Castings... Cast Iron... Cats... There was the bin number. Nine.

I should also mention Ava learning software from The Calcutta Chromosome, a 1995 novel by Amitav Ghosh. In the story, Ava is an artificial intelligence program that has human help in identifying objects.

Via Science Daily.

Scroll down for more stories in the same category. (Story submitted 6/29/2014)

Follow this kind of news @Technovelgy.

| Email | RSS | Blog It | Stumble | del.icio.us | Digg | Reddit |

Would you like to contribute a story tip? It's easy:
Get the URL of the story, and the related sf author, and add it here.

Comment/Join discussion ( 0 )

Related News Stories - (" Robotics ")

It's Time For Robots With Soft, Sensitive Skin
Sure, solid metal skin robots looked great once - like in science fiction movies of the 1920's.

Microscopic Robots On The March!
'Microscopic machinery, smaller than ants, smaller than pins, working energetically, purposefully...' - Philip K. Dick, 1955.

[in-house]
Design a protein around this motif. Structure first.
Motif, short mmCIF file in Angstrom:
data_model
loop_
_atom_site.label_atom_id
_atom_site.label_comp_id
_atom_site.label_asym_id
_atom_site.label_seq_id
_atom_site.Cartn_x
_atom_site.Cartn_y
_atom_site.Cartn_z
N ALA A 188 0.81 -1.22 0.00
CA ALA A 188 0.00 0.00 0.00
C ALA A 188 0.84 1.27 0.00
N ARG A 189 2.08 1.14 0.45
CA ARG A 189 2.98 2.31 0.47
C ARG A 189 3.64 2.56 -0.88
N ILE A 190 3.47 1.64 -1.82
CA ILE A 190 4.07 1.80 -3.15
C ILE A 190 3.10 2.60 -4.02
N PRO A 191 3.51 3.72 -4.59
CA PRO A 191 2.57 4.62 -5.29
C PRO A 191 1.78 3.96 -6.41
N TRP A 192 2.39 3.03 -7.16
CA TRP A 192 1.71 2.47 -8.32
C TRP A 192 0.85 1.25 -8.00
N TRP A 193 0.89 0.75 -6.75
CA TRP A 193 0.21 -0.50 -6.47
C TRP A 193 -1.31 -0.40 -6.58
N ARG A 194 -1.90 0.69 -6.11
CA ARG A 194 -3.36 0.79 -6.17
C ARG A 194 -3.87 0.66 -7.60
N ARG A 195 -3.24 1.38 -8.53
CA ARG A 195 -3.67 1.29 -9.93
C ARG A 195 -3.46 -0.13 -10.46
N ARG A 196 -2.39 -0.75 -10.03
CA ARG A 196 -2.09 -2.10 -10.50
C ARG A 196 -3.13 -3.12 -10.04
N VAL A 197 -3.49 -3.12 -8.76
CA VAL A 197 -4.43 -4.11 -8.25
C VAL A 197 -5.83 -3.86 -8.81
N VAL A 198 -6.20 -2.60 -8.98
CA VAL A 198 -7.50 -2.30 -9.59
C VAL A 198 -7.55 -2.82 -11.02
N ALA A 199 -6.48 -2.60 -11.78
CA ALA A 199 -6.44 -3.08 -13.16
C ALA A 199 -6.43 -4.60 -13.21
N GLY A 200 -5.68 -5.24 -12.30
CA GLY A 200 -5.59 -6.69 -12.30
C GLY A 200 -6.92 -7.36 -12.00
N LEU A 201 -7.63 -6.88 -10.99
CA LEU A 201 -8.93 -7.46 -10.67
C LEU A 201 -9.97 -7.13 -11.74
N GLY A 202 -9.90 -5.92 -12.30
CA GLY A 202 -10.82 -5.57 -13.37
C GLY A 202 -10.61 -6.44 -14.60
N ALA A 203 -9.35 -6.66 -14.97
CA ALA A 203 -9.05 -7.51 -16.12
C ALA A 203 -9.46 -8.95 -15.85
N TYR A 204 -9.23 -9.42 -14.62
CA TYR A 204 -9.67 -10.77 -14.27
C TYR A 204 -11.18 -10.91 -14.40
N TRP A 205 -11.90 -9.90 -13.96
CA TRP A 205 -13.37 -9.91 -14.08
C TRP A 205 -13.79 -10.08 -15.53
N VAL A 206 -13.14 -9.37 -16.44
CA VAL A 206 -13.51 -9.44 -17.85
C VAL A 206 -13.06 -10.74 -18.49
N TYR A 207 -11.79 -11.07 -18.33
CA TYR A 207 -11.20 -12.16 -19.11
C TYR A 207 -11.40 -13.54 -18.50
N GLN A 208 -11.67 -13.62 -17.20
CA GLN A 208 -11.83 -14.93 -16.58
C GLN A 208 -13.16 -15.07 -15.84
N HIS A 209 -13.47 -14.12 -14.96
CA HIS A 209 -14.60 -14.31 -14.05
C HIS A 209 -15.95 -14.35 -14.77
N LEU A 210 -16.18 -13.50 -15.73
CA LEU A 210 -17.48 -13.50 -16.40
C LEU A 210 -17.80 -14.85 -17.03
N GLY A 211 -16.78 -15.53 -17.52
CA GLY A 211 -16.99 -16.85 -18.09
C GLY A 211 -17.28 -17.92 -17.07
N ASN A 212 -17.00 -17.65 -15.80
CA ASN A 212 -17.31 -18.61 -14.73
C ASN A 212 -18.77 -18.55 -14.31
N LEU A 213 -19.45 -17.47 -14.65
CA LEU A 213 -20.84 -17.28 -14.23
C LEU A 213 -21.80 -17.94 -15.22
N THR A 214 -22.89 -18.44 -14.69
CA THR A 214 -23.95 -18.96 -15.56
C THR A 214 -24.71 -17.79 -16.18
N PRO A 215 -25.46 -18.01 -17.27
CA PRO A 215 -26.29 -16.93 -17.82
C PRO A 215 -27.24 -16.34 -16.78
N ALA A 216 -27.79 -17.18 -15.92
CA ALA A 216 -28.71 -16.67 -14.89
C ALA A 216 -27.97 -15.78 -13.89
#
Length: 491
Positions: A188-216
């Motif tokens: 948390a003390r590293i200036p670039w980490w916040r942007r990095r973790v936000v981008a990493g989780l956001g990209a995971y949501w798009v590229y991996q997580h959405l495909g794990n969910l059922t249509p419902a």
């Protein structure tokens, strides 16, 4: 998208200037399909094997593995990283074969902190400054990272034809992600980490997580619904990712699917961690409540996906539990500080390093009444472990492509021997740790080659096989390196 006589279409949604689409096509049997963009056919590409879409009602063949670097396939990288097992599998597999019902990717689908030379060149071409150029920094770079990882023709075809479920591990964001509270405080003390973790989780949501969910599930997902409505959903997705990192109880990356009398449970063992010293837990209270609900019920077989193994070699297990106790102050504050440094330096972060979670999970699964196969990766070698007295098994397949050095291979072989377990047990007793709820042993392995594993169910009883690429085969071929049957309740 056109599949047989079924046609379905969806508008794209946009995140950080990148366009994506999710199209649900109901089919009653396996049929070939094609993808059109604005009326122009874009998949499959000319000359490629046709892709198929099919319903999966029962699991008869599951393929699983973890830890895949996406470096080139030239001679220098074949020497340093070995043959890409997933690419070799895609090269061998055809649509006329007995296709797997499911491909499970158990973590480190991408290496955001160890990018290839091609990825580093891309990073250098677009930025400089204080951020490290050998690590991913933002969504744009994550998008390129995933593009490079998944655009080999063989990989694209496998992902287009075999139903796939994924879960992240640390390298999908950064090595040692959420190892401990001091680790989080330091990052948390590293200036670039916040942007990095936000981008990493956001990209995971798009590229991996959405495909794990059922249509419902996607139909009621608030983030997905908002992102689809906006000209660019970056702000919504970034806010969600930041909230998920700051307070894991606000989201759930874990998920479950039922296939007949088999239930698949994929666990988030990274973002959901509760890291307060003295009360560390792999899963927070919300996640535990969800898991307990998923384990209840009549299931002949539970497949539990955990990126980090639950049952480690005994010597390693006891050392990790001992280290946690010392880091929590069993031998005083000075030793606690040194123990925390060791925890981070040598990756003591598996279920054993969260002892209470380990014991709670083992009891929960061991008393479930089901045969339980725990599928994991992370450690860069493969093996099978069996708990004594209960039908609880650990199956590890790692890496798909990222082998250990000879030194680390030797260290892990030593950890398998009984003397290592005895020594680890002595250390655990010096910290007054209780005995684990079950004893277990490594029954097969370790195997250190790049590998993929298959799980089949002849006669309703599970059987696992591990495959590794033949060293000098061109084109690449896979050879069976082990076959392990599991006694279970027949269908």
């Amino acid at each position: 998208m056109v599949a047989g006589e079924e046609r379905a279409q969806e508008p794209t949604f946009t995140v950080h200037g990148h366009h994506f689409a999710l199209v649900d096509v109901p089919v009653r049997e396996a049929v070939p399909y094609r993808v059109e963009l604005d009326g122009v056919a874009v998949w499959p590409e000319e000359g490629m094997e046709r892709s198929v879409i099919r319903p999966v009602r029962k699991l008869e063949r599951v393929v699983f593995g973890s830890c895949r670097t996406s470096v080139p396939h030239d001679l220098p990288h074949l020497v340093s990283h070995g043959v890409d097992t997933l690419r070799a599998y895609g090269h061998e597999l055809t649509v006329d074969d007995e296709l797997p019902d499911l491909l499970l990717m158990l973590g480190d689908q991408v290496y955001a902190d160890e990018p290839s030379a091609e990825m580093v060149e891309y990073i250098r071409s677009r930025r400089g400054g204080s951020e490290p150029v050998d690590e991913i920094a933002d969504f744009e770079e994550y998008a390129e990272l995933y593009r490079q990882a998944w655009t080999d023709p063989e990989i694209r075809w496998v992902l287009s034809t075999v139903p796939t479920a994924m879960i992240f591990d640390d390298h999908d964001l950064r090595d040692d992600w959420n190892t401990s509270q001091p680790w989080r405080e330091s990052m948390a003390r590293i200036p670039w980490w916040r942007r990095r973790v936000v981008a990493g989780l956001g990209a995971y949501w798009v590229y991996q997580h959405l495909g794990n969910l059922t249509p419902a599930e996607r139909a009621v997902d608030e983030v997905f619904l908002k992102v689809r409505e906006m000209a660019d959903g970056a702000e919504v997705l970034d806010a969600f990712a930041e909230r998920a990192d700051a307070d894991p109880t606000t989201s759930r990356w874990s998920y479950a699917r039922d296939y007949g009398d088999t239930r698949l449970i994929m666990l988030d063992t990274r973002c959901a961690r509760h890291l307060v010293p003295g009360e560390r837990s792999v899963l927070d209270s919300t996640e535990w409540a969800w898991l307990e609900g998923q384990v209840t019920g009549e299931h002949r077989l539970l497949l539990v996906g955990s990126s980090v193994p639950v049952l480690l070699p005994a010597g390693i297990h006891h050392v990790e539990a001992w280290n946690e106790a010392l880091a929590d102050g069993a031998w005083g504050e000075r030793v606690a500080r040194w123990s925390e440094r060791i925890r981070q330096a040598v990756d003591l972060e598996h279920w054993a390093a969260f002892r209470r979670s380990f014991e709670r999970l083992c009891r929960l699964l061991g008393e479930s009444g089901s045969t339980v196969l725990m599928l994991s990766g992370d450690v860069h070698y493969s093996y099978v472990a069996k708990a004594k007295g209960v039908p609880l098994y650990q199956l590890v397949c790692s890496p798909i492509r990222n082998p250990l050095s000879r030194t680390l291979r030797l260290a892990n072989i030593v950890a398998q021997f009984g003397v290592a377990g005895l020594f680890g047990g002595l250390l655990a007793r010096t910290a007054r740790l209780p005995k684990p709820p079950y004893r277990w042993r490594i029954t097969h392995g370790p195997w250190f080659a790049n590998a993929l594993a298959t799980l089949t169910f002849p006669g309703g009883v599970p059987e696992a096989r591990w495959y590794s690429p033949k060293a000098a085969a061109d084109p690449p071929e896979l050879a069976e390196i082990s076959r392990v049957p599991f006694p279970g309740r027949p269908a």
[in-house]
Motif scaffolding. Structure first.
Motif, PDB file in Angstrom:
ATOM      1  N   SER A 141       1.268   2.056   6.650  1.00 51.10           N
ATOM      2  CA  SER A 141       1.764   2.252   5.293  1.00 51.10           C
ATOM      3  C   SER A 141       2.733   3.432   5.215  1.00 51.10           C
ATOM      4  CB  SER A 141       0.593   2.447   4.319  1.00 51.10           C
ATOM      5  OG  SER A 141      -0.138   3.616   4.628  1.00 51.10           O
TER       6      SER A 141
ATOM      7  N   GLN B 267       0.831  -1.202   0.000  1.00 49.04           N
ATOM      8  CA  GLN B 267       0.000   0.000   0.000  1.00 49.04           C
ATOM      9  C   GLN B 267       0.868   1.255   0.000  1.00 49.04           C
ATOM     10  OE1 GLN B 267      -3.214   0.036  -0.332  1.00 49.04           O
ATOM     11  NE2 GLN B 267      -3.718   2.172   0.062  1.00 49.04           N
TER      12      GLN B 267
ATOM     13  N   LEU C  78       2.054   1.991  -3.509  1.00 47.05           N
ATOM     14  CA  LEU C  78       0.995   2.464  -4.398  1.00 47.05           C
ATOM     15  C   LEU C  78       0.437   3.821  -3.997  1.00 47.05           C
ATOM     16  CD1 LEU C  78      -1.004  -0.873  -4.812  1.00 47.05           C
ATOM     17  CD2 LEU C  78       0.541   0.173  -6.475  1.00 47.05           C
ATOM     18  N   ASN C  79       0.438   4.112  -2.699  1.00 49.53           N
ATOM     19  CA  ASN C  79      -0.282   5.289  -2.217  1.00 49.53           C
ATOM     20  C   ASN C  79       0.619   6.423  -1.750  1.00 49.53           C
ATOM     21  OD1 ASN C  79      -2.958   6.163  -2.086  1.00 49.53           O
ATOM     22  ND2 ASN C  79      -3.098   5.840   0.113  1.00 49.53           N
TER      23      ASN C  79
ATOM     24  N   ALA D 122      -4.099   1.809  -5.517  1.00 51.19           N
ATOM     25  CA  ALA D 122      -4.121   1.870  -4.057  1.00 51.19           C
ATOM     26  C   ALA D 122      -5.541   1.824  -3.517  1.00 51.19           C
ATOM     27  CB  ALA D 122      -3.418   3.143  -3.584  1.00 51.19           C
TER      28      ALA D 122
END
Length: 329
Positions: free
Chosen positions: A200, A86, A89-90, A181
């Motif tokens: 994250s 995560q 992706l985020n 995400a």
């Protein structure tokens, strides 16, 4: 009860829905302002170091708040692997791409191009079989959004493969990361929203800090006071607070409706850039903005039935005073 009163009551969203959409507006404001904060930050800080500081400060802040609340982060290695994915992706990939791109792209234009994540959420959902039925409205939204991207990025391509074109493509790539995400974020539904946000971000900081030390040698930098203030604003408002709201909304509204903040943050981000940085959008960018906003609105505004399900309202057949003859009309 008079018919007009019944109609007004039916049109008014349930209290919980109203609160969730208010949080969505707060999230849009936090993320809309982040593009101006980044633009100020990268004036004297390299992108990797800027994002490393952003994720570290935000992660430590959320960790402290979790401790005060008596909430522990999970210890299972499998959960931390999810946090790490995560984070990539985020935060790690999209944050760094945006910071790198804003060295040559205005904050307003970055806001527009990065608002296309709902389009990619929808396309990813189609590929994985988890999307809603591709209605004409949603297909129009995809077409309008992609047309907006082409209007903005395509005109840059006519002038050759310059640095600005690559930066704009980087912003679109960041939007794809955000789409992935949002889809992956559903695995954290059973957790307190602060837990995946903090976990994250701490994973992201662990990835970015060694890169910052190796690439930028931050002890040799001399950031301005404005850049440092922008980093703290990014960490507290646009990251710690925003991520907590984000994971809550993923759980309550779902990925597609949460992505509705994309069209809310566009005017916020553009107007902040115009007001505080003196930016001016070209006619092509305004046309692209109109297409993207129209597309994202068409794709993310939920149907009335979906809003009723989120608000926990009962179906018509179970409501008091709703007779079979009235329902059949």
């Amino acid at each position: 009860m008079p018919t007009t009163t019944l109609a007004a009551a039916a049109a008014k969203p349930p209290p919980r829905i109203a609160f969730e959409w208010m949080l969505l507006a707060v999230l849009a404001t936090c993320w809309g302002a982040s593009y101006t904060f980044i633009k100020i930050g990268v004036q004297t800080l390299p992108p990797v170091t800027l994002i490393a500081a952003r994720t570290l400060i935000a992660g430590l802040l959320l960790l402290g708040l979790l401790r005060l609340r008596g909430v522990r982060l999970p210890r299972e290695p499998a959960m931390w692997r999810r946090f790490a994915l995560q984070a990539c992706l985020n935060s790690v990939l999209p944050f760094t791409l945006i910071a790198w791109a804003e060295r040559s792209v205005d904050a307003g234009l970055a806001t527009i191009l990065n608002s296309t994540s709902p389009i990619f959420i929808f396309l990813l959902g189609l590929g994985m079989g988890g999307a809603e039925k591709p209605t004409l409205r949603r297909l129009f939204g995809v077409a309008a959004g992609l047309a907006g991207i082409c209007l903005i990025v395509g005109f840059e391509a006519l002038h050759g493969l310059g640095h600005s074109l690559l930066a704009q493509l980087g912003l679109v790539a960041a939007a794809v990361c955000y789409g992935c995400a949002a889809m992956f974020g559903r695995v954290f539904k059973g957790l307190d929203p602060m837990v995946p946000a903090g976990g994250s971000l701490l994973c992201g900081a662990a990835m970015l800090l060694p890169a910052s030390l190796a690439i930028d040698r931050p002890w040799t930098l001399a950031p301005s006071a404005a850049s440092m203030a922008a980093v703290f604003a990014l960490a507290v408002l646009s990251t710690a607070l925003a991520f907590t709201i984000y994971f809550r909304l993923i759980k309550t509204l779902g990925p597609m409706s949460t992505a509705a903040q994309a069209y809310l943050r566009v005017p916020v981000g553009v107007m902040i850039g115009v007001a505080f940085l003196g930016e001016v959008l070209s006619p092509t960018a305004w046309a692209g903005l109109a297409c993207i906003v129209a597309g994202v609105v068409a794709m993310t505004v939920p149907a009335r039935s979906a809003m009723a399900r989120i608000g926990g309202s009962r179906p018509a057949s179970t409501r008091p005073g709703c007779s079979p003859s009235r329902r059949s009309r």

MOFLIN AI Robot - Yes You Can Have A Tribble
They're really no tribble at all!

Ford Uses Obedient Robot Dogs To Update Facilities Maps
'If he sent out two or three of the small tele-operated devices... [he] could see machinery and construction details in real time from both above and below.' - Niven and Pournelle, 1981.

 

Google
  Web TechNovelgy.com   

Technovelgy (that's tech-novel-gee!) is devoted to the creative science inventions and ideas of sf authors. Look for the Invention Category that interests you, the Glossary, the Invention Timeline, or see what's New.

 

 

 

 

 

Current News

Beat Covid-19 With AIR By MicroClimate - At Last I Get My PAPR
More than just a bubble.

Mi TV LUX Transparent Edition OLED TV
The Look of Things To Come.